potentially significant change that the key identifier should identify
not just the key material but also the algorithms that they key is to be
used with.

Section 5.1

   Nonce Length:  Carries the length of the Nonce.  If the Context
      Headers are only integrity protected, "Nonce Length" is set to
      zero (that is, no "Nonce" is included).  The "Nonce Length" can be
      set to zero depending on the encryption algorithm used to encrypt
      the Context Headers.

I included this in my PR, but want to call out that this last sentence
seems harmful.  It seems vastly preferrable to have "the nonce length
field is zero" indicate one specific thing, rather than having two
different possibilities for that situation, as this text appears to do.
I know that my earlier comments proposed a scenario where an AEAD might
validly encrypt with a zero-length nonce, but I don't think we should
support that at the cost of losing the clear signal that the encrypted
context headers are (not) present.

Section 7.3

   Using the secret key (ENC_KEY) and authenticated encryption
   algorithm, the NSH imposer encrypts the Context Headers (as set, for
   example, in Section 3) and inserts the resulting payload in the "MAC
   and Encrypted Metadata" Context Header (Section 5).  The entire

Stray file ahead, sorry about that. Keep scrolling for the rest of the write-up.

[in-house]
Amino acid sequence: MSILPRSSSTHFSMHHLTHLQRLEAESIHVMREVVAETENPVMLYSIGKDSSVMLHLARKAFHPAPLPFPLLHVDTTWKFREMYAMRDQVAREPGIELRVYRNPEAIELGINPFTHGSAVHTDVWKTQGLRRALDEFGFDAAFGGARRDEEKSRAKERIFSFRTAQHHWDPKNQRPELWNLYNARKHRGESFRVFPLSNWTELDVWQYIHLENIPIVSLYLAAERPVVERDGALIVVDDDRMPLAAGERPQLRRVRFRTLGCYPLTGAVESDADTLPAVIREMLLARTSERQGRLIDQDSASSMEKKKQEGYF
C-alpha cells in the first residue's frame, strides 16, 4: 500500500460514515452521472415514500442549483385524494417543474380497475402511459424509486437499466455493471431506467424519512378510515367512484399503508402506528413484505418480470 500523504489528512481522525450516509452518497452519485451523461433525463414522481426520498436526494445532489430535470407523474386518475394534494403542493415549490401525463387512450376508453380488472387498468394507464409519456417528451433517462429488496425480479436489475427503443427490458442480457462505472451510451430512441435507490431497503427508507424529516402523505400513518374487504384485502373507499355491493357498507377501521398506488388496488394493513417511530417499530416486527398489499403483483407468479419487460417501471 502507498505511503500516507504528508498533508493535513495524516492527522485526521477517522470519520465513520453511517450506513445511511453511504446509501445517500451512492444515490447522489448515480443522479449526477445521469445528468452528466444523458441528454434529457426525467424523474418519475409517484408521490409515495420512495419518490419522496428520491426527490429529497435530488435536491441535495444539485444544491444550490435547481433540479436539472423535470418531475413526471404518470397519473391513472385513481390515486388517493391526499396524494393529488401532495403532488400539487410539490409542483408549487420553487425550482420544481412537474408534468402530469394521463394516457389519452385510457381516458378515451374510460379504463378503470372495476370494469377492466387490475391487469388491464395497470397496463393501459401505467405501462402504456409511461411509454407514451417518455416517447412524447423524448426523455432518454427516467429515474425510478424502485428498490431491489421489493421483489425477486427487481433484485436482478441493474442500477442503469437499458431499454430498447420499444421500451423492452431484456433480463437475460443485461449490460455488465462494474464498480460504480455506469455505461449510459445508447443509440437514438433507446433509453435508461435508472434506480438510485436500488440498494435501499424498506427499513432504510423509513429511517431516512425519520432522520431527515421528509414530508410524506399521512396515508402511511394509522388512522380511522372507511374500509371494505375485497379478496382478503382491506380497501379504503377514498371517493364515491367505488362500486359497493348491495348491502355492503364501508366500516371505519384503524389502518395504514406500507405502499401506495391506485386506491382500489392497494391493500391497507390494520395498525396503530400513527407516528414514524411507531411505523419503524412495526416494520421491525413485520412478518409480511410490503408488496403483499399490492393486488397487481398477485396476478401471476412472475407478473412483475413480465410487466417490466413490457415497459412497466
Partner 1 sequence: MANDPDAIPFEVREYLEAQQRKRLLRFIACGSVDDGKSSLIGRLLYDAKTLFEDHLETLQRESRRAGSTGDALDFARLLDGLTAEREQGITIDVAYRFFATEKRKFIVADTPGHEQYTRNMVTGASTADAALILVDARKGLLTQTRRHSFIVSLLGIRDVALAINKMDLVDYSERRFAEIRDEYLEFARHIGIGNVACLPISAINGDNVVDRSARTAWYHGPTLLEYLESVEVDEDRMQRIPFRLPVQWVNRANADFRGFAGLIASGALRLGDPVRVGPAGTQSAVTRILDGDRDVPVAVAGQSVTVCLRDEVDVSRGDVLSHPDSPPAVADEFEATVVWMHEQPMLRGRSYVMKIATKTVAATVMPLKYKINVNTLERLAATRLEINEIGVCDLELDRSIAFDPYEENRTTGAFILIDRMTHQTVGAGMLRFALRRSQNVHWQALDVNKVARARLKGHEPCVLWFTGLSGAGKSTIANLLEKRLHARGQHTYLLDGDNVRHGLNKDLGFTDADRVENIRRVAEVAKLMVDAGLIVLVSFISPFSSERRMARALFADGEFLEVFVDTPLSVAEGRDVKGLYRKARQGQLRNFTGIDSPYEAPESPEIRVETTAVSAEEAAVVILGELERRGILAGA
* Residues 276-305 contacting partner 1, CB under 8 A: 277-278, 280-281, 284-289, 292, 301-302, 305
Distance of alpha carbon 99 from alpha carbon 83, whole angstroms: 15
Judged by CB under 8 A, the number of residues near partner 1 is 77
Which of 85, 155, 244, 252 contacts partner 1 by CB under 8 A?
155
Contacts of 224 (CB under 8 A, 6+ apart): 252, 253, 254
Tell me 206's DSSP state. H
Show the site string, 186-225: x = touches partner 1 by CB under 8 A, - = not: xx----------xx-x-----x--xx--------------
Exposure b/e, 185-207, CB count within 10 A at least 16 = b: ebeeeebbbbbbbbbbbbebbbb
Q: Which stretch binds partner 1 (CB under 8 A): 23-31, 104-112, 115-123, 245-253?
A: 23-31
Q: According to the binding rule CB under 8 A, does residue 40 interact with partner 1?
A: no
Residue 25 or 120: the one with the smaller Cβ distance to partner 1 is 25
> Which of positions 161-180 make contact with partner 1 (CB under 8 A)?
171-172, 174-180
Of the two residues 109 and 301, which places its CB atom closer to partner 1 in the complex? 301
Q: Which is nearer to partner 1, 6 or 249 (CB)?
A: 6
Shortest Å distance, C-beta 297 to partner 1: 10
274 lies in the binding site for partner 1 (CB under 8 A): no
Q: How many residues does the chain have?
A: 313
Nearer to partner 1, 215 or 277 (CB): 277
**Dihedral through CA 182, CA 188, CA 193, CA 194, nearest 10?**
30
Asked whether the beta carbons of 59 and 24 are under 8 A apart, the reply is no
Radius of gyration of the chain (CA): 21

Context Header carrying a sensitive metadata is encrypted (that is,
   including the MD Class, Type, Length, and associated metadata of each
   Context Header).

I included some text in my pull request, but want to call out as
important that this description does not specify what is to be used as
the "additional authenticated data" AEAD input.  (I assume the empty
string is intended, though other choices are valid.)

Section 7.5

   When an SFC data plane element conforms to this specification, it
   MUST ensure that a "MAC and Encrypted Metadata" Context Header is
   included in a received NSH packet.  [...]

This doesn't quite seem like the right condition -- this text sounds
like once you implement this context header you have to require that it
appears in all incoming packets, which breaks interoperability with
senders that don't produc this contxt header.

Section 9

   The secret key (K) must have an expiration time assigned as the
   latest point in time before which the key may be used for integrity
   protection of NSH data and encryption of Context Headers.  Prior to
   the expiration of the secret key, all participating NSH-aware nodes
   SHOULD have the control plane distribute a new key identifier and
   associated keying material so that when the secret key is expired,
   those nodes are prepared with the new secret key.  This allows the
   NSH imposer to switch to the new key identifier as soon as necessary.
   It is RECOMMENDED that the next key identifier and associated keying
   material be distributed by the control plane well prior to the secret
   key expiration time.

I note that draft-irtf-cfrg-aead-limits offers some guidance on how
often to rekey (though it gives data-based criteria, not time-based
ones), if that is potentially relevant.

Erik Kline No Objection

Comment (2021-07-12 for -06)
[S7.{2,3}] [question]

* Is the timestamp a part of the input to the MAC/encrypted metadata
  generation?  If so, perhaps consider adding an explicit mention
  (perhaps I missed it).

  For that matter, I can't quite tell of some normalized version of the
  MAC#1/2 header overall is part of the input to the MAC/AAD generation
  or not.